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Outlined routes towards discovering and conversantly addressing Carla Speed McNeil’s graphic series Finder.


Panel from Finder: Sin-Eater, Issue 9: Artist/writer: Carla Speed McNeil, Lightspeed Press, March 1998

One inspired comic maker, Carla Speed McNeil, who began self-publishing Finder through her own imprint of Lightspeed Press in 1996, has been ardently continuing to develop this ongoing graphic series since 2005 as a webcomic. The creative commitment McNeil has applied toward the progressive formation of Finder has been appreciably recognized receiving a Lulu Award in 1997 and numerous Ignatz Awards leading to several Eisner nominations since 2001 1 In transitioning her successive work to a digital domain, McNeil has continued to draw critical accolades while expanding readers’ awareness within this worldly field, and in 2009, Finder was duly awarded an esteemed Eisner for ‘Best Digital Comic’. Topically, McNeil has accepted a representative offer from one of the foremost comic book publishers in the United States, and her prolific graphic saga will soon be widely republished in chronicle volumes by Dark Horse Comics.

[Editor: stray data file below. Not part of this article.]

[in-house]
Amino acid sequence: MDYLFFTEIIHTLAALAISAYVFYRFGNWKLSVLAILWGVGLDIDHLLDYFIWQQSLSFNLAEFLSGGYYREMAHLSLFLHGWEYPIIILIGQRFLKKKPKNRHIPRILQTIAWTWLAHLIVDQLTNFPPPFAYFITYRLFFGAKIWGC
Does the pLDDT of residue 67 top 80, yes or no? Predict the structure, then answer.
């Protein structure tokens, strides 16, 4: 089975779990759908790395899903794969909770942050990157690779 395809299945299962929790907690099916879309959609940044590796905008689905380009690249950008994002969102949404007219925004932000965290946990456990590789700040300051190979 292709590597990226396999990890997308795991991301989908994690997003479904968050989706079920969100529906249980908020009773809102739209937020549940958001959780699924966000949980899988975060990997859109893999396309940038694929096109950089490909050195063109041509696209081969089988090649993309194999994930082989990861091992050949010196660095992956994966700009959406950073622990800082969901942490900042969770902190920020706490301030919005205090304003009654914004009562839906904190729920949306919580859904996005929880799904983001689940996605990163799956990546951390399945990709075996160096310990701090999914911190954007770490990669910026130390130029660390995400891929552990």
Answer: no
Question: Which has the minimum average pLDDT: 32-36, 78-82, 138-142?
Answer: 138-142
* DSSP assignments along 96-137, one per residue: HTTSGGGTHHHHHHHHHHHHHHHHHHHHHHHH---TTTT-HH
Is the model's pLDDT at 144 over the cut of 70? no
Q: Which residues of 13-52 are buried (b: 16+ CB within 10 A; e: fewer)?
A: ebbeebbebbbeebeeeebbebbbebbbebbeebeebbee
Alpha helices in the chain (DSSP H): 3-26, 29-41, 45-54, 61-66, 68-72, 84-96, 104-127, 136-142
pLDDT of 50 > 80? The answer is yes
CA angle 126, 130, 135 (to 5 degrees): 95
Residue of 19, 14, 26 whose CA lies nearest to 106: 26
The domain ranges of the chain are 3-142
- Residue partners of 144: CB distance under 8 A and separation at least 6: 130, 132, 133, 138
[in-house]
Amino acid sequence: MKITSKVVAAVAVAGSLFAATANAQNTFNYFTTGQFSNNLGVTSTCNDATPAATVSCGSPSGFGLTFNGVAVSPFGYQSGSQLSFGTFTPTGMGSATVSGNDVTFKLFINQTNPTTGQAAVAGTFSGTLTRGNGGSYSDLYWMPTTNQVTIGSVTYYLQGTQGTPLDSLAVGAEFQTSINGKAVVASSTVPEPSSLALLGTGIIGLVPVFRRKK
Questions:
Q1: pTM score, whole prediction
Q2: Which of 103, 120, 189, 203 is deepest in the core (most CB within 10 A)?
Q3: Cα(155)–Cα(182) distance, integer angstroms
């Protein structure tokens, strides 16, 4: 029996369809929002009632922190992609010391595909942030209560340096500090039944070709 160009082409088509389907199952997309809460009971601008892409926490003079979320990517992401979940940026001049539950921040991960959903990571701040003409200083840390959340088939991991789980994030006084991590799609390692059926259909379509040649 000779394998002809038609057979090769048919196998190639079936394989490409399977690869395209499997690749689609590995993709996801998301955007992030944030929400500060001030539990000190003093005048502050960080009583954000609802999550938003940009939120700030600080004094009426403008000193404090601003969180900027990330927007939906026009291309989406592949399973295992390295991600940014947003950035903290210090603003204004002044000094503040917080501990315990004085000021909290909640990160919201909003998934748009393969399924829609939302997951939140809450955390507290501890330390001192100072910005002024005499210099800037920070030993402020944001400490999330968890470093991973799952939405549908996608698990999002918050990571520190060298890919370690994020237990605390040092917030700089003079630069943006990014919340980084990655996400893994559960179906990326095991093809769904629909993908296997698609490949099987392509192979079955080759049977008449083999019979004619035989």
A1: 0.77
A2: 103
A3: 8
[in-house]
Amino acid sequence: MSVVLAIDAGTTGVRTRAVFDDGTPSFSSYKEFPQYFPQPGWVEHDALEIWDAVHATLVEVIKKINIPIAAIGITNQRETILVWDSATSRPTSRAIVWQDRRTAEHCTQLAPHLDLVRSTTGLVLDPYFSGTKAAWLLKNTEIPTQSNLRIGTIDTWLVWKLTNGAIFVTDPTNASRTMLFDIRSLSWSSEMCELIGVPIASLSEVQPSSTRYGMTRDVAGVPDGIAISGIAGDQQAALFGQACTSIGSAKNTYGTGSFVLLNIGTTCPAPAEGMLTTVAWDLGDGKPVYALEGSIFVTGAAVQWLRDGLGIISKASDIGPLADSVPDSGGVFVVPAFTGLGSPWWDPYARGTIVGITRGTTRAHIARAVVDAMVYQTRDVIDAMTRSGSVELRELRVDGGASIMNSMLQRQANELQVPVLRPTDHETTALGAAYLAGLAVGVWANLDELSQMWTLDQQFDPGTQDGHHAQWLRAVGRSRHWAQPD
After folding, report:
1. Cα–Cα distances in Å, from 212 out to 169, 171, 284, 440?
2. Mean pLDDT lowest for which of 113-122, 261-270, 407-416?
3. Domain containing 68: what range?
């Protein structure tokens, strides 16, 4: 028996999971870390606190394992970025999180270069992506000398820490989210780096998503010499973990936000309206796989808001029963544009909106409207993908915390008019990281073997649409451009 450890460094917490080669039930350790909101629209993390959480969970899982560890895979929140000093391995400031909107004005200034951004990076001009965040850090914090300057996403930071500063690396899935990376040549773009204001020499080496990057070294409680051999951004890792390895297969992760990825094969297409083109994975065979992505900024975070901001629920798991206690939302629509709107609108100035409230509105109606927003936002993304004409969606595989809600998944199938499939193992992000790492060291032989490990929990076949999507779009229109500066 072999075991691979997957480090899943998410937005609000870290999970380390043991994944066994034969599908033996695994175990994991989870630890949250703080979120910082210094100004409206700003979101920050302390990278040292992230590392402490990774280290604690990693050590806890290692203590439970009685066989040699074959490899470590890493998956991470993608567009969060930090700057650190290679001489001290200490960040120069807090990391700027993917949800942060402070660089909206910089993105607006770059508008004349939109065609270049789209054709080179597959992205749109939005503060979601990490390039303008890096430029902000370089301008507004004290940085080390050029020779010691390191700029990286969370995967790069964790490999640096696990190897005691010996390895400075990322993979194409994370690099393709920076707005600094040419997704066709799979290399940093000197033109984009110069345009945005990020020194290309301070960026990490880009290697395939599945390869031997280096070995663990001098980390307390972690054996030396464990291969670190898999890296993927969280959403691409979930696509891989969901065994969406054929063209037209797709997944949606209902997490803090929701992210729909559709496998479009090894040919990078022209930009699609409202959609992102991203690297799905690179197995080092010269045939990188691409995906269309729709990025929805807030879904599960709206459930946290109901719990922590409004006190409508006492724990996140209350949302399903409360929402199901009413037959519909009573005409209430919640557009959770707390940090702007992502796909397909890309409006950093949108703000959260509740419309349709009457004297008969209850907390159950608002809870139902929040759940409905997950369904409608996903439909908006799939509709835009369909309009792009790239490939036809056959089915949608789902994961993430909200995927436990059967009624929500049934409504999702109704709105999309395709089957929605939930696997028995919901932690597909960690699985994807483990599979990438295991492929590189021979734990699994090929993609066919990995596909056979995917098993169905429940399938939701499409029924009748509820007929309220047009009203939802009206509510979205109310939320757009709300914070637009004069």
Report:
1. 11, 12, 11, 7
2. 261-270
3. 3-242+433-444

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Steampunk can be very much a “wibbly-wobbly, timey-wimey” sort of thing, as The Doctor would say. History can be re-written, new paths explored, inventions changed or inverted or perhaps, never discovered at all. While exploring these possibilities of incorporating the non-West into steampunk, it can be more complex than making everything rusted over, but set in Zimbabwe, or building a steam energy plant in Thailand. A creator should also consider the effect of the environment and cultural social norms when also addressing how steampunk technologies evolve and impact that world.



Virtuoso is one fine example of a work that considers these questions when building a steampunk world. Set in a African-inspired, matriarchal society, this comic has already gotten loads of attention because of its wonderful Art Nouveau style; what is fascinating to me is how Virtuoso is very steampunk but also firmly rooted in a world independent of the West.



Jon Munger and Krista Brennan, the creative duo behind this comic, took some time to discuss the intricacies behind Virtuoso, plus much more.



Read on BeyondVictoriana.com
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I wanted to share some comic goodness from Hark! A Vagrant. I found some hilarious doodles featuring the likes of--

Charles Babbage! )

The Bronte Sisters! )

Nikola Tesla! )

And of course, Elizabeth Bennett and Mr. Darcy )

December 2012

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